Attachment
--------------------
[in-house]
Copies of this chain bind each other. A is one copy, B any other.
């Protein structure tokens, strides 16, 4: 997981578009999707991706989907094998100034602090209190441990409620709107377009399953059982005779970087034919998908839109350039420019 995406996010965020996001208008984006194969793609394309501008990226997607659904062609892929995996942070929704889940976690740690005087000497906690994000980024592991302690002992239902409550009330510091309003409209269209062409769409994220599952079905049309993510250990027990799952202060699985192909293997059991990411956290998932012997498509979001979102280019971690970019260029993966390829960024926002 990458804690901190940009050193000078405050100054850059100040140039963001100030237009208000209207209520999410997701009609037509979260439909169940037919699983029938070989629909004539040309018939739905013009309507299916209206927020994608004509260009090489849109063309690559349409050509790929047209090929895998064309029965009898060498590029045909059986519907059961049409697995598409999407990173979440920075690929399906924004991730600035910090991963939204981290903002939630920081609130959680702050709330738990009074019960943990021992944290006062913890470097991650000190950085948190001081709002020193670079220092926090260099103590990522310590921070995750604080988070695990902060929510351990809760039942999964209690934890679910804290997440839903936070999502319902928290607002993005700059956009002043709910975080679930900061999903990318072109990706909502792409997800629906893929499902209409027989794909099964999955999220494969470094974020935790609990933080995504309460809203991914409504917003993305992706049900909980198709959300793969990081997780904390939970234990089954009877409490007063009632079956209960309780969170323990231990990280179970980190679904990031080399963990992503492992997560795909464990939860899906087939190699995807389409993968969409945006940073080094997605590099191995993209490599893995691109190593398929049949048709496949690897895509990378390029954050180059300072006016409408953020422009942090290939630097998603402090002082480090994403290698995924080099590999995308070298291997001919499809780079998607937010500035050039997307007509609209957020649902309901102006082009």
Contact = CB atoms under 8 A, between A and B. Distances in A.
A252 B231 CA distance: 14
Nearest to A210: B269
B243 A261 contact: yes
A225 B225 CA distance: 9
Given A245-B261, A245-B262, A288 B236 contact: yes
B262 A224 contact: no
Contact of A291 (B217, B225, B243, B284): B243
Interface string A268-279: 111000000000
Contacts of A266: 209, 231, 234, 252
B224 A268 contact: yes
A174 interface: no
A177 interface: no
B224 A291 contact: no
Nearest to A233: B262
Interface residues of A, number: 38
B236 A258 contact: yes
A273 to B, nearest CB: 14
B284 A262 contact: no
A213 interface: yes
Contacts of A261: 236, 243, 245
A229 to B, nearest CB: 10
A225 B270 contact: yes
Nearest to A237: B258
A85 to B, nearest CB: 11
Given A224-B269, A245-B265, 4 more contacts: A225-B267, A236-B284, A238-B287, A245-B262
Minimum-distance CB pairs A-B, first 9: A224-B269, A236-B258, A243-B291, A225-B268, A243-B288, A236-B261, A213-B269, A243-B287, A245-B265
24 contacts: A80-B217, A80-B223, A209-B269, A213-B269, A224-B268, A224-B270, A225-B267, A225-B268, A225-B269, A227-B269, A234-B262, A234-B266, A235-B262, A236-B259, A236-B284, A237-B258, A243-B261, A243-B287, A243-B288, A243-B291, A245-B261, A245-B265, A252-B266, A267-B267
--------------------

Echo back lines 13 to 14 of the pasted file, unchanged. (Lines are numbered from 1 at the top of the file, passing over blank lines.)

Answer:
Contacts of A266: 209, 231, 234, 252
B224 A268 contact: yes